Do you want to build a sentence?

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The reinforcement of concepts can sometimes be a tedious task. Here is a great way to practice sentence building during center time:

1. Create a word-bank wall using any flat surface. (An old metal filing cabinet makes a great wall.)

2. Make labels for the parts of speech that you have introduced to your students so far this year. 

3. Include examples of the parts of speech under the labels. 

4. Now, it's Activity Time! Instruct your students to move the words around to build sentences.

This is wonderful practice for your kinesthetic and concrete learners! Don't forget to make sure the sentence has a subject, verb, and makes complete sense.


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Cindy Goeden

Cindy Goeden has enjoyed being involved with Shurley English for the last sixteen of her twenty-six years in the field of education.  Working with various levels of students in elementary, junior, and high schools, in both the private and public arenas, Cindy surely is thankful for the providential day that she was introduced to Shurley English, which changed forever her approach to Language Arts instruction. That has led to her current job of having the joy of sharing about Shurley with other educators.  Her love of learning has prodded her to earn over two hundred and twenty hours, which includes two bachelor degrees in education.


Cindy currently lives with her husband, Donald, in Indianapolis, Indiana, where she enjoys puttering in her flowers, changing up her décor with the seasons, and occasionally getting out and traveling with Donald to either explore a new beach or view historic sights and gardens.

A Grammar Necklace: The Perfect Accessory


It's always a great idea to have an activity on hand for days when reinforcement is needed. Here's a great activity to add to your toolbox: The Grammar Necklace.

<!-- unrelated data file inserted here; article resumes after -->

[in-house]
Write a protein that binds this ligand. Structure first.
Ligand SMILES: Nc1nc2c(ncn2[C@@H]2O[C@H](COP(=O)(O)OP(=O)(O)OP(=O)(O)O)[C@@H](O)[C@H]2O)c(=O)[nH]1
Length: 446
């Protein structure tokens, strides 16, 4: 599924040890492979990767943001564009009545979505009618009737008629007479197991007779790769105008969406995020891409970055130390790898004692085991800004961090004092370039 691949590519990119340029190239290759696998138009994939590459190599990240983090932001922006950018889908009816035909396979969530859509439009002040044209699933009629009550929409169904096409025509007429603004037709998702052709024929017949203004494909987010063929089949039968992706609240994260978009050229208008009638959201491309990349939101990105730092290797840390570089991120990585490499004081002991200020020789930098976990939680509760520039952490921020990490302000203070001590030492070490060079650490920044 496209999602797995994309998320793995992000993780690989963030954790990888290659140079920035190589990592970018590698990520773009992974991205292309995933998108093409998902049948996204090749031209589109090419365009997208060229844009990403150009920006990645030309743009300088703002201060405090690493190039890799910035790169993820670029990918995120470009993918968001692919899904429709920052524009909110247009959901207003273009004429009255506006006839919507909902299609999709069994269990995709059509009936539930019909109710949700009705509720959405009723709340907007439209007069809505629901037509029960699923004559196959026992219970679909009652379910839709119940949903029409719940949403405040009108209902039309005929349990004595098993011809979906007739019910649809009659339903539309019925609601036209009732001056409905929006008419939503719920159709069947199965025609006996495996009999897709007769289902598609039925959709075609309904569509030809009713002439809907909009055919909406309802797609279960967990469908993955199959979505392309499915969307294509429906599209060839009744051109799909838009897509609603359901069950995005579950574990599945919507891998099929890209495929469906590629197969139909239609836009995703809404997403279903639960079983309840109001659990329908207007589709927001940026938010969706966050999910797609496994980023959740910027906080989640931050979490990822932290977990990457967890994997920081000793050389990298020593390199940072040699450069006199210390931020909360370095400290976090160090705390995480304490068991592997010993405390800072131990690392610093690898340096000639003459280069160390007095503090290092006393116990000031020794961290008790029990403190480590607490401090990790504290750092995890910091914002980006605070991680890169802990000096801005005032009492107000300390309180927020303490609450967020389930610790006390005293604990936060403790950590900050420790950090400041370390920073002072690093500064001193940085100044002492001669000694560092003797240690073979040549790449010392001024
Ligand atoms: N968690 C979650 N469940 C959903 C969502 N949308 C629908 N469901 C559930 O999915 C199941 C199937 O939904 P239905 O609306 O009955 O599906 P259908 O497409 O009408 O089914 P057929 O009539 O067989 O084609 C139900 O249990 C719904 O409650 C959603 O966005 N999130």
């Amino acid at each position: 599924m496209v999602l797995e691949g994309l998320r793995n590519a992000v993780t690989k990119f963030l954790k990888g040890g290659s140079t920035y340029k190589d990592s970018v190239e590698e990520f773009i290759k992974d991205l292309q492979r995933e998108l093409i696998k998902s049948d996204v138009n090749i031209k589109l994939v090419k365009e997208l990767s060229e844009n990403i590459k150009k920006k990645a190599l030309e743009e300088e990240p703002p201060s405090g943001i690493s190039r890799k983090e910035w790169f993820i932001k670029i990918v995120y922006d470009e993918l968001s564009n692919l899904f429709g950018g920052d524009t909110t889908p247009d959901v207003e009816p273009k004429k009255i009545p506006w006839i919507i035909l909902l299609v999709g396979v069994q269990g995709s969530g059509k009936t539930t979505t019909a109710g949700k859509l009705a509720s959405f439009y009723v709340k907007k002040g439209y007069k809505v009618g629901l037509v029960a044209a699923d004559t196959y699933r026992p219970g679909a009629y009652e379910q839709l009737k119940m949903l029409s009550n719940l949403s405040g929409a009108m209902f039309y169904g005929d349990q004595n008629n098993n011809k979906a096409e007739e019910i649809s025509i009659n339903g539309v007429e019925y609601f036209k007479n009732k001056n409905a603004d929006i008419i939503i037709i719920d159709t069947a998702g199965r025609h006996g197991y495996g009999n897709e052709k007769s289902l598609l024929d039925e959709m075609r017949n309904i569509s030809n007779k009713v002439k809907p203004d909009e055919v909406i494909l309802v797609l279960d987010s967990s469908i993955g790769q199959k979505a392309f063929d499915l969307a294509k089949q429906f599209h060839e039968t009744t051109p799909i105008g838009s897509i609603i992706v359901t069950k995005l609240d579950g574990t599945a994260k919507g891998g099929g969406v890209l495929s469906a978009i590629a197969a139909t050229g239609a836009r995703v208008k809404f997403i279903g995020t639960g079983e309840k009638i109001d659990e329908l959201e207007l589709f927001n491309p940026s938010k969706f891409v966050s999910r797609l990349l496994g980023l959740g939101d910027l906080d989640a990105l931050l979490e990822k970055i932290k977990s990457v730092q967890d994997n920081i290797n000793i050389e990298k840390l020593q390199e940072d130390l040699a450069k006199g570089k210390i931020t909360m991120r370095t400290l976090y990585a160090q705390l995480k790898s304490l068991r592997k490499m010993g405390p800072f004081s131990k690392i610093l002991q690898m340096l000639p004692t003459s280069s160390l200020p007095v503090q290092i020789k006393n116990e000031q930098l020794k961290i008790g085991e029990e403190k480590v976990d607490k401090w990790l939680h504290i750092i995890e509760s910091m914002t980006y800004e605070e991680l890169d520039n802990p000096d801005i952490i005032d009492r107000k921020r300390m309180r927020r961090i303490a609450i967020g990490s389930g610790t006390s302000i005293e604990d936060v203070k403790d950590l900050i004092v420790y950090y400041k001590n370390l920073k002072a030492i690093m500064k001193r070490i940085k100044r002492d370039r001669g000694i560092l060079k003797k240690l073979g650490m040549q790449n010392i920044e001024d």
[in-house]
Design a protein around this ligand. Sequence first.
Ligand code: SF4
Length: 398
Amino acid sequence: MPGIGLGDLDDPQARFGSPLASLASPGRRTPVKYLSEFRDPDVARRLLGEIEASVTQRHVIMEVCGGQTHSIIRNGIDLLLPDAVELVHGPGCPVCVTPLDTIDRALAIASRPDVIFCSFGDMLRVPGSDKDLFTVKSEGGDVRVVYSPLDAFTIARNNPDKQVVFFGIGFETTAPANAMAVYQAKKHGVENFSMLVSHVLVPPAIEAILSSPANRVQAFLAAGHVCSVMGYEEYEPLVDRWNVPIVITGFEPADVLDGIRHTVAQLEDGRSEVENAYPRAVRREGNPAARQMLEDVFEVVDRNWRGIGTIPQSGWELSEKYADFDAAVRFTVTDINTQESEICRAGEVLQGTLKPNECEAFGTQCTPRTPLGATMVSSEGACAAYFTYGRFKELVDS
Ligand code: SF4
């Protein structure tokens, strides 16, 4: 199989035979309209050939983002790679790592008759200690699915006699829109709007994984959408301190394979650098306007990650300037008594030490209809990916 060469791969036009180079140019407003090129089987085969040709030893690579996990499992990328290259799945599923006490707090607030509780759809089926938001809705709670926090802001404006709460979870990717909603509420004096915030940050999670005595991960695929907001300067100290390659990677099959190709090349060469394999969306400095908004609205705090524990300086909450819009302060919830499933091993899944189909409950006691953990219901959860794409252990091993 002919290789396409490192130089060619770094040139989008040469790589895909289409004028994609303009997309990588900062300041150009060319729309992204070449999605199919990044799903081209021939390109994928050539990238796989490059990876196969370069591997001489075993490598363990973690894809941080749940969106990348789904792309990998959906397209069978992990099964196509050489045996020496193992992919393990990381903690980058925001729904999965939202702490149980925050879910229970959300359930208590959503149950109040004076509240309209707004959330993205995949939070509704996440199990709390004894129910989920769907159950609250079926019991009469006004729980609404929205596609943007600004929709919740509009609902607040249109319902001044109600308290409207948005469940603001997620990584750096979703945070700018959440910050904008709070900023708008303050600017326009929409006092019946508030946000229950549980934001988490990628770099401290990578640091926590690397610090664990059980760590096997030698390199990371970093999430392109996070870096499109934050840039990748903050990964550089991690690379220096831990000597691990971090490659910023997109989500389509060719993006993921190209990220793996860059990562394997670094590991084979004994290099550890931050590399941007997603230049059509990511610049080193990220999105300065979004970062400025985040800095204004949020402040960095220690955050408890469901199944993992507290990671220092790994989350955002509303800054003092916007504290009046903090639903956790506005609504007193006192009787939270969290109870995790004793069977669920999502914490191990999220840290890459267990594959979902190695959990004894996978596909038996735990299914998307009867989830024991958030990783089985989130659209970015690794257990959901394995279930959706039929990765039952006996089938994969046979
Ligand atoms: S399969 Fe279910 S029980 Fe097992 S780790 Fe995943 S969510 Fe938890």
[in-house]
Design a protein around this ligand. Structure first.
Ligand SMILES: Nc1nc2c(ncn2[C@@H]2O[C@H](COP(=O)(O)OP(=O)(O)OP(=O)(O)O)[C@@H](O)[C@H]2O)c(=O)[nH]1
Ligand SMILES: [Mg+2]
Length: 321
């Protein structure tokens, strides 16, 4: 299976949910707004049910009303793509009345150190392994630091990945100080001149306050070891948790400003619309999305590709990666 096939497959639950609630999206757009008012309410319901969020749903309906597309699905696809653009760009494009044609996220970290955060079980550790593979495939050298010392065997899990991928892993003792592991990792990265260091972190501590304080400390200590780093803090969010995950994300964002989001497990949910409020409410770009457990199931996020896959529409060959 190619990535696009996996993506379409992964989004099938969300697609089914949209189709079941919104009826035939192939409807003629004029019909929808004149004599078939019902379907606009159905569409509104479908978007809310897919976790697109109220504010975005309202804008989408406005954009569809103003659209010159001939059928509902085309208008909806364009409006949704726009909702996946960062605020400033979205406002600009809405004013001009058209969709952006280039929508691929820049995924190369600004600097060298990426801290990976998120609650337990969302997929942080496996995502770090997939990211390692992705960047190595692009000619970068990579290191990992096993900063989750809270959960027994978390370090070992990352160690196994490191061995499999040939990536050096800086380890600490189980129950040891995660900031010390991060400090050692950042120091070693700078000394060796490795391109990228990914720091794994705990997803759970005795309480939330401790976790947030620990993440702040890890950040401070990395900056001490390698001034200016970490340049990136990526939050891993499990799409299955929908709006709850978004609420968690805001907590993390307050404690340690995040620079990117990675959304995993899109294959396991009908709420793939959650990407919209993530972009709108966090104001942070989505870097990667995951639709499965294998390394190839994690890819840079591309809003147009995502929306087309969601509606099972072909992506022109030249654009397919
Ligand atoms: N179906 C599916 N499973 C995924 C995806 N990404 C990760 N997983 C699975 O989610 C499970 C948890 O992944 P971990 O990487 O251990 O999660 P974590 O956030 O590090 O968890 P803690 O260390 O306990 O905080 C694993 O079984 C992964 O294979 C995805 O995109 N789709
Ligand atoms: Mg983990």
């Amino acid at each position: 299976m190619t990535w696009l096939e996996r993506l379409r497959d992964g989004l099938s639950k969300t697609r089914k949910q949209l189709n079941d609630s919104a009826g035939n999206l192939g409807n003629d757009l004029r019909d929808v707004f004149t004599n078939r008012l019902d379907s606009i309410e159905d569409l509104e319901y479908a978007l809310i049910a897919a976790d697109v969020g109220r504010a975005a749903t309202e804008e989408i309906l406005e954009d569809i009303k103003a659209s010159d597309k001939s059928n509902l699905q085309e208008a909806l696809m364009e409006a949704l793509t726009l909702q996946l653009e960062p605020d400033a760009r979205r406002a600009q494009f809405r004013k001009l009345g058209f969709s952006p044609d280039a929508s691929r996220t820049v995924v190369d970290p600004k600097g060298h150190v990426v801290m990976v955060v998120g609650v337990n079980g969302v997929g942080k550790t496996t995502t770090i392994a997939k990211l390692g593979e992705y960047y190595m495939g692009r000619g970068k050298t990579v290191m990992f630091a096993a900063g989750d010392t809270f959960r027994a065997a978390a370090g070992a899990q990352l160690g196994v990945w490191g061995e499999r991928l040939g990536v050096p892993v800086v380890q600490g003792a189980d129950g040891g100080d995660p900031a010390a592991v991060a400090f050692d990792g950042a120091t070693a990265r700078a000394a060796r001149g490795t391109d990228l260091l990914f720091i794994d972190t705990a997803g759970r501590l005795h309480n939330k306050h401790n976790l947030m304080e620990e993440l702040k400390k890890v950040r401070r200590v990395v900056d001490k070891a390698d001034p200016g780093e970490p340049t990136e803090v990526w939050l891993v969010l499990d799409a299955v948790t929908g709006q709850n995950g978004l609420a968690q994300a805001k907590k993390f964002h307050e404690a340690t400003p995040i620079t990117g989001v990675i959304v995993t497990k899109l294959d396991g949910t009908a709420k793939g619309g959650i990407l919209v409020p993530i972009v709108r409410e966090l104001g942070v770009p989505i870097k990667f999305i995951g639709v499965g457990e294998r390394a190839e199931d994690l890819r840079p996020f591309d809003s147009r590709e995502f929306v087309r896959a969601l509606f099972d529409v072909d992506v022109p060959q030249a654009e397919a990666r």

Supplies Needed: yarn, construction paper, markers, stapler or tape

Assembly Instructions:

1.   Fold a sheet of construction paper in half over the yarn.

2. Staple or tape the outside edges to keep the yarn in place.

3. Write a part of speech on the construction paper. (example: SN for Subject Noun)

4. Repeat this process until you have created all the parts of speech you wish to use. (Remember, you may need to create several necklaces for adjectives, adverbs, article adjectives, etc.)

You can utilize these necklaces in a variety of ways. Here are a few ideas:

1. Divide students into groups. Give each student in a group one grammar necklace. Have the group create a sentence, using the correct Q&A Flow order. Each student is responsible for choosing the word that corresponds with the label he/she is wearing. (Remember to use the Sentence Jingle to verify that you have the five parts of a complete sentence.)

2. While studying prepositional phrases, create a "labeled" sentence by having a group of students stand at the front of the room. Each person should be wearing the appropriate part of speech for the sentence you are studying. Have the students in the prepositional phrase hold hands. Then, show what happens to the sentence when you take away the phrase. Show what happens when you move the phrase to the front or end of the sentence. This activity is a great way to show how the phrase stays together and must move as one unit!

3. Write a sentence on the board. Using magnets, label each word with the appropriate necklace piece.

4. Give each student in the room a grammar necklace. While you classify a sentence as a group, have each student stand when his/her part of speech is labeled.

The possibilities are endless! Feel free to share your ideas with us by using the comment section below.